[Ip-health] Politico (March 5th, 2020) - How the drug industry got its way on the coronavirus

Thiru Balasubramaniam thiru at keionline.org
Tue Mar 10 01:38:43 PDT 2020


How the drug industry got its way on the coronavirus

Companies are fighting off Democrats’ push to include drug-pricing
provisions in an emergency spending package.

Democrats and Republicans have tried and failed in recent months to advance
bills that would crack down on costs for prescription drugs. | Joe
Raedle/Getty Images


03/05/2020 05:28 PM EST

The drug industry is showing that even in a crisis, it can use its
influence in Washington to fight off efforts to cut into its profits.

Industry lobbyists successfully blocked attempts this week to include
language in the $8.3 billion emergency coronavirus spending bill that would
have threatened intellectual property rights for any vaccines and
treatments the government decides are priced unfairly.

Drug companies’ power to dictate terms as Congress struggles to address the
growing U.S. outbreak is another sign of the uphill battle that likely
awaits any broader bipartisan drug-pricing legislation. Both Democrats and
Republicans have tried and failed in recent months to advance bills that
would crack down on costs.

The pharmaceutical industry not only killed the intellectual property
provision in the coronavirus package, but it got language added into the
bill that prevents the government from delaying a medicine’s development
over concerns about its affordability.

“The idea that drug companies should have free reign to set prices during
an international pandemic is immoral and dangerous,” said Rep. Jan
Schakowsky (D-Ill.), who led an unsuccessful push to ensure that
coronavirus treatments developed with federal emergency funding would be
priced fairly and available widely, in a statement to POLITICO.

The provision to bar the government from intervening when affordability
concerns arise “blows up” existing legal measures to ensure fair drug
pricing, said Jamie Love, executive director at Knowledge Ecology
International, which has been lobbying for new drug development and pricing
approaches to lower the costs of medicines.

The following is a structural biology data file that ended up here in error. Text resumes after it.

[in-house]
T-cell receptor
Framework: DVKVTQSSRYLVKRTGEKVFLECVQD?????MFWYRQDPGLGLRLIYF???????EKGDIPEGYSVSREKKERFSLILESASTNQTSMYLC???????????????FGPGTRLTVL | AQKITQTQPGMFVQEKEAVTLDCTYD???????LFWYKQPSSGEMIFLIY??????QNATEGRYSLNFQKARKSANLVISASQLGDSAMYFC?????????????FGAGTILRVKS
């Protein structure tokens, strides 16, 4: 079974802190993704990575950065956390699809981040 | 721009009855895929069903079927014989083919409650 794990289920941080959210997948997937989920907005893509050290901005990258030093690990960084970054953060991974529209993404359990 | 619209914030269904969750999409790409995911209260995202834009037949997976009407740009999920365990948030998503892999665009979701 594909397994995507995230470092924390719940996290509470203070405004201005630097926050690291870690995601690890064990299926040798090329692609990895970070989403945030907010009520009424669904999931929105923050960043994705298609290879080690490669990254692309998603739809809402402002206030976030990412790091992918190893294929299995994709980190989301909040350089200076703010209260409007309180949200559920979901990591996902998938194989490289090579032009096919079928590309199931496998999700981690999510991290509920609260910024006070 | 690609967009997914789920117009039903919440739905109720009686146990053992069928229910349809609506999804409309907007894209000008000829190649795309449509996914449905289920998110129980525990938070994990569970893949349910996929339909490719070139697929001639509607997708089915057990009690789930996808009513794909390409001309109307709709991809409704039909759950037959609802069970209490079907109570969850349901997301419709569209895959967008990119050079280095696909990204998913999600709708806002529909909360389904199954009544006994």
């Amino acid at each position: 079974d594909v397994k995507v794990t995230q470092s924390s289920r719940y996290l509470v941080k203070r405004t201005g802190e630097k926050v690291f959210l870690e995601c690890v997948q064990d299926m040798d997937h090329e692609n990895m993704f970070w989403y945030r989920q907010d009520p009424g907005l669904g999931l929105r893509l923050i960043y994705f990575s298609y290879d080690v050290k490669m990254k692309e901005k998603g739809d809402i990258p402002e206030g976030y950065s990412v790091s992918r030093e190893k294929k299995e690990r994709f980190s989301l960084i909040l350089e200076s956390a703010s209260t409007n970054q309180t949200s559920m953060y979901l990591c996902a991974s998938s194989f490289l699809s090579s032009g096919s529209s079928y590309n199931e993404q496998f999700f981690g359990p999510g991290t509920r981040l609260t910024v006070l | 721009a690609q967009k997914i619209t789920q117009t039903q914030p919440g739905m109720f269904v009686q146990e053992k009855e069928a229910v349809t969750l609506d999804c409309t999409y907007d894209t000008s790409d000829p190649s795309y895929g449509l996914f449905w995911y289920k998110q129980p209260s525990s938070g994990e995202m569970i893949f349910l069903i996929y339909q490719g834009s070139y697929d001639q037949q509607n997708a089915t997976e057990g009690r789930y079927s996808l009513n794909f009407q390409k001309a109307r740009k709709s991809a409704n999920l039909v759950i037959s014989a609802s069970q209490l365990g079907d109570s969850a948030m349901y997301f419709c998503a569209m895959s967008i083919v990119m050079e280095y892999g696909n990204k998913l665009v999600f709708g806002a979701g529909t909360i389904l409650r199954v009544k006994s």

The coronavirus package — which passed the House Wednesday and the Senate
Thursday — includes about $3.1 billion to develop drugs and vaccines and
expand manufacturing capacity. It would also cover purchases of medical
supplies for state and local health departments to beef up the Strategic
National Stockpile, the largest national repository of emergency
treatments. Another $300 million would help the government buy vaccines and
treatments once they are approved. Much of this money would directly
benefit the drug industry.

The bill specifies that any products purchased must meet federal
acquisition guidance “on fair and reasonable pricing.” It also empowers the
HHS secretary to ensure that vaccines, drugs or diagnostic tests developed
with the emergency funding “will be affordable in the commercial market,”
without specifying how the government would determine a fair price.

But the legislation also says that HHS can’t delay the development of
vaccines and treatments in an effort to maintain affordable prices — a win
for the drug industry and Republicans, who argue that government
constraints on pricing would limit private investment in coronavirus
therapies. Republicans also told POLITICO they pushed back on Democratic
attempts to add language that would have allowed HHS to set a drug’s price
and limit increases to the rate of inflation.

Democrats initially pushed to give HHS the power to strip intellectual
property protections from any vaccine or medication whose price it deemed
too high, multiple sources familiar with the negotiation told POLITICO.
Versions of the legislation circulating late last week included this